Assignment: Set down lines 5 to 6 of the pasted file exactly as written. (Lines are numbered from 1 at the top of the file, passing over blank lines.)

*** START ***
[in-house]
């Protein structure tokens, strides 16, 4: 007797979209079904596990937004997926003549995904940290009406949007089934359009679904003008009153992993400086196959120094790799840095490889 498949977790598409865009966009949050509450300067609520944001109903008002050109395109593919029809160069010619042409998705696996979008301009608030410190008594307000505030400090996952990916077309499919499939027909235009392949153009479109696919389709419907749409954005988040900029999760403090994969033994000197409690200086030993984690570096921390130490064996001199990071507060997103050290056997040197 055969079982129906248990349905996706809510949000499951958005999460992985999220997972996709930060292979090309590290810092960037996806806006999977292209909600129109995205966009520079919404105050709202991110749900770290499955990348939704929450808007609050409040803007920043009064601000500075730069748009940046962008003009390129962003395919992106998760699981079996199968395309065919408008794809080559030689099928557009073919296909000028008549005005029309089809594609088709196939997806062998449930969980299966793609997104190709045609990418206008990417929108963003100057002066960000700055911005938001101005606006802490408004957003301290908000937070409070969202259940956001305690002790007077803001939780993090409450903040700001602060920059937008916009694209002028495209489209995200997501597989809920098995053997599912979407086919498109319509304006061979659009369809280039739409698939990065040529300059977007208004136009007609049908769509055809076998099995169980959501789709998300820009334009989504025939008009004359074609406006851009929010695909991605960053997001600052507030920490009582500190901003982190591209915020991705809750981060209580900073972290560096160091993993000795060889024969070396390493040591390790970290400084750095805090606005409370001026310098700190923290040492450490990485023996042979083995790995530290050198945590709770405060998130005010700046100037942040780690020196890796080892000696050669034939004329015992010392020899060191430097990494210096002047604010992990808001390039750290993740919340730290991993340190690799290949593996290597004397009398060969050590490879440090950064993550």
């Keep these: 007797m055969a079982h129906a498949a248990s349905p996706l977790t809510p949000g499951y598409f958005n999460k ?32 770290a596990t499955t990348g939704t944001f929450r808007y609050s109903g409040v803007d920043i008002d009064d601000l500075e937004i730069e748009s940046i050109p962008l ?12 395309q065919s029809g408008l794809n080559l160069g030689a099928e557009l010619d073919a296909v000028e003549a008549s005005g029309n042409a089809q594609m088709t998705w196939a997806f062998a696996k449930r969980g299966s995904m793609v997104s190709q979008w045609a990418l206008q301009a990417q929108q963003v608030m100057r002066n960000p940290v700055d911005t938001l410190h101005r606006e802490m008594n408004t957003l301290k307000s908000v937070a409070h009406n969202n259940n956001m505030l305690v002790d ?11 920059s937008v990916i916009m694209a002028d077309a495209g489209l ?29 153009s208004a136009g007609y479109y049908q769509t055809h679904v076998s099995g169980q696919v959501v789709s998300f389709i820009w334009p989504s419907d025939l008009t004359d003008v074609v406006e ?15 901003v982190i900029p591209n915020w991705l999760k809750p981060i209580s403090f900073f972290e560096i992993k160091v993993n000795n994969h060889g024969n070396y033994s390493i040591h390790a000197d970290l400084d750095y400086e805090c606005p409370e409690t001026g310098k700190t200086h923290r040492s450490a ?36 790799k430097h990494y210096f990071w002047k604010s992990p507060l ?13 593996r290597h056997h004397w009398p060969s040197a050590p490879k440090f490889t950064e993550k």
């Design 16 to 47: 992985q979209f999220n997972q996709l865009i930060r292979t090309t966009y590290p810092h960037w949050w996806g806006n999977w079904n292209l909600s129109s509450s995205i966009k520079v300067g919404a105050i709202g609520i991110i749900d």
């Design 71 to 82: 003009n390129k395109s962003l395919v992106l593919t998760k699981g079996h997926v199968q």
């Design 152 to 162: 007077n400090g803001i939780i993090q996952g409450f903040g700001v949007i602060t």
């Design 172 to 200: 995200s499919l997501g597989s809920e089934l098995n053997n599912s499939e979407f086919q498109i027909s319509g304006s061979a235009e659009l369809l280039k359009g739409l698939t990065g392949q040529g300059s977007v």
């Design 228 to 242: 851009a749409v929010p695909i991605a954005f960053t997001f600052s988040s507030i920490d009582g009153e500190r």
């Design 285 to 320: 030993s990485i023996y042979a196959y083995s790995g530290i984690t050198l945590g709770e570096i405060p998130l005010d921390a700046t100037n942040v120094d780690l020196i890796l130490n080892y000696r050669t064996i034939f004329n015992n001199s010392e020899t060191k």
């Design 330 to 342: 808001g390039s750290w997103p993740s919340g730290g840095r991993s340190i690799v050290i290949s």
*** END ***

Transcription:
């Design 71 to 82: 003009n390129k395109s962003l395919v992106l593919t998760k699981g079996h997926v199968q």
């Design 152 to 162: 007077n400090g803001i939780i993090q996952g409450f903040g700001v949007i602060t």